Breastfeeding on demand

Breastfeeding on demand. It’s recommended in blogs, books, and prenatal classes. What does it really mean? Breastfeeding on demand is just that – feed the baby when the baby wants to be fed. Sounds reasonable, right? Somehow, after the baby is born, we gravitate into schedules.  So, what’s better? Let’s take a deeper dive into breastfeeding on demand.

Increased Milk Supply and Weight Gain

There are some significant advantages that go along with feeding on demand. First and foremost, when babies feed on demand, milk supply flourishes. When babies latch, they are communicating their need. Their need for milk, their need for security, their need for nourishment. In response, milk supply and weight gain increases. It’s a win win situation. Do you want to learn more about the magic behind your milk supply? Check it out here.

Milk Changes

Breastmilk changes all the time. Calorie and fat content, along with nutrients, can change based on the time of day and the length of feed. When babies feed on demand, they control these changes to benefit their growth. When babies are restricted, or denied feeds, weight gain and milk supply suffer.

Building Attachment

Babies are happier and calm when needs are met. Breastfeeding on demand is meeting your baby’s need for security, food, and comfort. What better way to calm and connect to your baby than to offer the breast whenever they need it? Babies breastfeed for many reasons, and not just for food. Babies fed on demand are experiencing increased skin to skin contact and decreased levels of the stress hormone cortisol. You can read more about the many ways babies benefit from non-nutritive feeding here.

Increased skin to skin time and decreased stress for both mother and baby can result in a calmer baby and more productive feeds overall.

Schedules

What about feeding schedules? They seem to be popular, and can it really be problematic to feed babies on a schedule? Let’s look at the information.

Breastfeeding parents are often told to feed the baby every 3 hours. In addition, if you are responding to your baby’s needs and feeding frequently, you may get pushback from others who think your baby should not be feeding as often as they are. So who’s right?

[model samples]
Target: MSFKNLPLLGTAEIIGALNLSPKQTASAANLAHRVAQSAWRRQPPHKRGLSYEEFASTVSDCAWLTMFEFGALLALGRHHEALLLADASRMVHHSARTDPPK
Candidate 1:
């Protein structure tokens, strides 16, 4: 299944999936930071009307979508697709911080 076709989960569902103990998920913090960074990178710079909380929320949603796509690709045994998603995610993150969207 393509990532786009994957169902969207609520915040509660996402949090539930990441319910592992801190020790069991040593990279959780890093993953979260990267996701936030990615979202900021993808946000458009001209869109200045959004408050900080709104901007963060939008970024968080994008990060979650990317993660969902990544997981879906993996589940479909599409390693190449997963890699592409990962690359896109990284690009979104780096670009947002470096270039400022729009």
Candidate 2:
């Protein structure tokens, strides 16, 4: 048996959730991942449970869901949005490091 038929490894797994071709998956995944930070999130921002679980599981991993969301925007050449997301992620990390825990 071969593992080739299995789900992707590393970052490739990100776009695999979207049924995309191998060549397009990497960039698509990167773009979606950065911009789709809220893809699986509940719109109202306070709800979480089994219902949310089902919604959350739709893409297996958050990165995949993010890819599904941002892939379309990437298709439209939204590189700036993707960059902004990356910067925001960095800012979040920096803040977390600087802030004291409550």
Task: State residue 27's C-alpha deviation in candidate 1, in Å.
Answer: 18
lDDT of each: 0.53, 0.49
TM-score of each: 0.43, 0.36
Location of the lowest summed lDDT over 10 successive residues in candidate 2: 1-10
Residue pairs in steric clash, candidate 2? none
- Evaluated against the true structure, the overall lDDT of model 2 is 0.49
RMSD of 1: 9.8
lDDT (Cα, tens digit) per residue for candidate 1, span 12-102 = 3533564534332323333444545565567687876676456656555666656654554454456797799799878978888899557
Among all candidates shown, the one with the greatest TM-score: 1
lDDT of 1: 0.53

Decreased Supply

I always tell new families that babies did not set up a schedule and they do not know anything about a schedule. Feeding your baby at scheduled times can lead to less time at the breast for feeding, and less stimulation for milk supply. If this continues, milk supply can decrease. You may also have a very unhappy baby on your hands.

Regulating Feeding Habits

Babies who are fed on demand are better at regulating their feeding habits. When babies can feed when they want and for however long they want, they learn how to recognise when they are hungry and when they are full. When babies are fed on a schedule, they do not learn their cues for feeling full and feeling hungry.

It is important to remember that all babies are different. They have different feeding patterns, different cues, different needs. What one baby does is not necessarily what another baby does.  Scheduling feeds and feeding on demand comes up a lot when I meet with patients early in the post-partum period. One of my clients was nursing her fifth baby. She was very different than her other children when it came to feeding, and sometimes this was hard to manage. She told me once:

"It’s been one of the harder things with Mollie because she is not on a schedule whatsoever. Nursed 5 min ago... could want to nurse now, 30min, 1hr, be fine for 3, it’s different every single time. My middle kids could nurse and be fine for at least an hour usually 2."

It can be hard to accept feeding on demand in a society where things are heavily structured and measured. However, breastfeeding on demand is an important part of ensuring your baby is getting enough milk and that you are responding to your baby’s needs. Having support throughout your breastfeeding journey is an important part of reaching breastfeeding goals. 

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